Landsailing at the End of the World

Published on July 21st, 2014

by Duncan Harrison,
The weather here on Smith Creek Dry Lake, Nevada lived up to its reputation as dynamic. It changes from a cool 50 degrees every morning to burning hot 100+ in the early afternoon. Competitors from 13 countries spend time quietly in the shade, under awnings and shipping containers drinking gallons of water mixed 50% with their favorite sports drink and wrapping wet towels around heads and necks.

This was the 2014 World Championship of Landsailing, held on this epic playa near Austin in northern Nevada on July 12-19.

Around the margin of the playa there is the usual convection leading to thunderheads all around. Some with lightning and showers, some with strong downgusts that blow boats and gear around camp if not secured. A few RV awnings have been destroyed.

By mid to late afternoon, the wind fills in from the southwest and we race in surface breezes as strong as 20 mph, 30+ mph in the gusts. The wind may swing thru 60 degree shifts during races and has completely circled the compass once during an afternoon. The strongest gust measured was in the high 40s. Blowing dirt and dust coats everything. Dust has become a condiment in our meals. Sailing in these conditions may be what you would expect if you sailed in hell.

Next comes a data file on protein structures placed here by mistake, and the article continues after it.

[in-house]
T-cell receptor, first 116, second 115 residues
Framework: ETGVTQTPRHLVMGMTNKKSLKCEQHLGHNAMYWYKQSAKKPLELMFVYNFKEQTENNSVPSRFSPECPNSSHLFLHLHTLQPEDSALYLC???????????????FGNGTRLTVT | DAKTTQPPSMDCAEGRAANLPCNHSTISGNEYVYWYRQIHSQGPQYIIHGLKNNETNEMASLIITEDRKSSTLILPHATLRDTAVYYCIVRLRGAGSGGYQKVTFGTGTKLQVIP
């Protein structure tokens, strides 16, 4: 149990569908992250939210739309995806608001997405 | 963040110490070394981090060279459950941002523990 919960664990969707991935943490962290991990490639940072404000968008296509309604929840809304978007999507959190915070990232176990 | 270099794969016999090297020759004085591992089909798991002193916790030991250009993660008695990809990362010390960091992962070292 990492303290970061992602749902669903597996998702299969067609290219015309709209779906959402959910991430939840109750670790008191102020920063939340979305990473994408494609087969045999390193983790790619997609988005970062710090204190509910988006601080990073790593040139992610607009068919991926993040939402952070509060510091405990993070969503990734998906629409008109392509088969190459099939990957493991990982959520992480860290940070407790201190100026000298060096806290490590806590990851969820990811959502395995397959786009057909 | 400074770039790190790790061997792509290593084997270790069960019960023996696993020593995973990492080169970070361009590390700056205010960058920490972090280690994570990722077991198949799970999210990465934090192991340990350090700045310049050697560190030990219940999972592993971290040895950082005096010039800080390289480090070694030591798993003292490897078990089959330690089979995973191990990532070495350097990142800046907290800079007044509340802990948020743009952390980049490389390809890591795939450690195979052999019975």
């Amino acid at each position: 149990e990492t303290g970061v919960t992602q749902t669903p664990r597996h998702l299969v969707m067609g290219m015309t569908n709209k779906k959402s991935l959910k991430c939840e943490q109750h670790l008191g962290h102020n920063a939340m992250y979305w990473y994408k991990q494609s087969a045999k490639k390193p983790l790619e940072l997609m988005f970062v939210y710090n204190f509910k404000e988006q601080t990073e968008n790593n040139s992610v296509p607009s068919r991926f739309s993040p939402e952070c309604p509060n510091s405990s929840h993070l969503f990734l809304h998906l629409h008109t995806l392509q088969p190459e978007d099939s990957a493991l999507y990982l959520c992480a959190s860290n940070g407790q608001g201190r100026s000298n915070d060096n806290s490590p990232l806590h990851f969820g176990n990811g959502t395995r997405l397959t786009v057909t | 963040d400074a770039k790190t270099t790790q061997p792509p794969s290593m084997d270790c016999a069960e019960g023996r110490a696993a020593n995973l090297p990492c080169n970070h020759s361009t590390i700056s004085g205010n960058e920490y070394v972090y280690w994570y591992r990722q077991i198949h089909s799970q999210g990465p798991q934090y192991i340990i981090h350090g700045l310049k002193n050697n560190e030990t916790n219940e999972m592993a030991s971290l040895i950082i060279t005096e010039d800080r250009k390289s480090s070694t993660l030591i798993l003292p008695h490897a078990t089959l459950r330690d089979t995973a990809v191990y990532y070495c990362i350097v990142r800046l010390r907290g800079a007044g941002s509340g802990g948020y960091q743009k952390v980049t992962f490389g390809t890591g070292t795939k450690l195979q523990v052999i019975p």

There have been accidents (crashes) on the playa, beginning with lots of spinouts at the marks. Most spins result in no damage and some embarrassment for the pilot. Most crashes result from huge tire hikes near the marks as the pilots turn downwind in gusts. The most memorable crash occurred when Kiwi Pilot Phil Augustin’s leeward wheel cover may have caught the surface of the playa during a huge tire hike and ripped the rear axle off his yacht. The axleless yacht slammed to the dirt and rolled the mast and sail around Phil and itself like some sort of weird desert burrito. Phil was shook up but okay.

Competitors took turns waiting near their yachts in the starting area for the wind to come from the right direction. Race committee sets, then re-sets the start line and marks as they chase the shifting wind. Again, we drink large amounts of water in the sun. Then things give a little as thunderheads take over – taming the desert heat with their cooling downbursts. A strong downburst may last long enough (20 minutes) to run a race. We melt, then we sail, then we wait for the next round to begin.

In the cool evenings we have daily first place awards, pot luck parties, Cowboy Bands and new friends to hang out with. Our race organizers have made this a positive event to remember.

Several international pilots told me they have sailed their fastest personal best speeds on Smith Creek Dry Lake, with GPS readouts posting speeds in excess of 100 kph. They are very happy to be here – no matter that this place is quite remote – literally, at the end of the road. Which has led French Pilot Philippe Vigneron
to comment:

“This is not just the World Championship of Landsailing, rather the Landsailing Championship at the end of the world.”

Event reports:
Event website:

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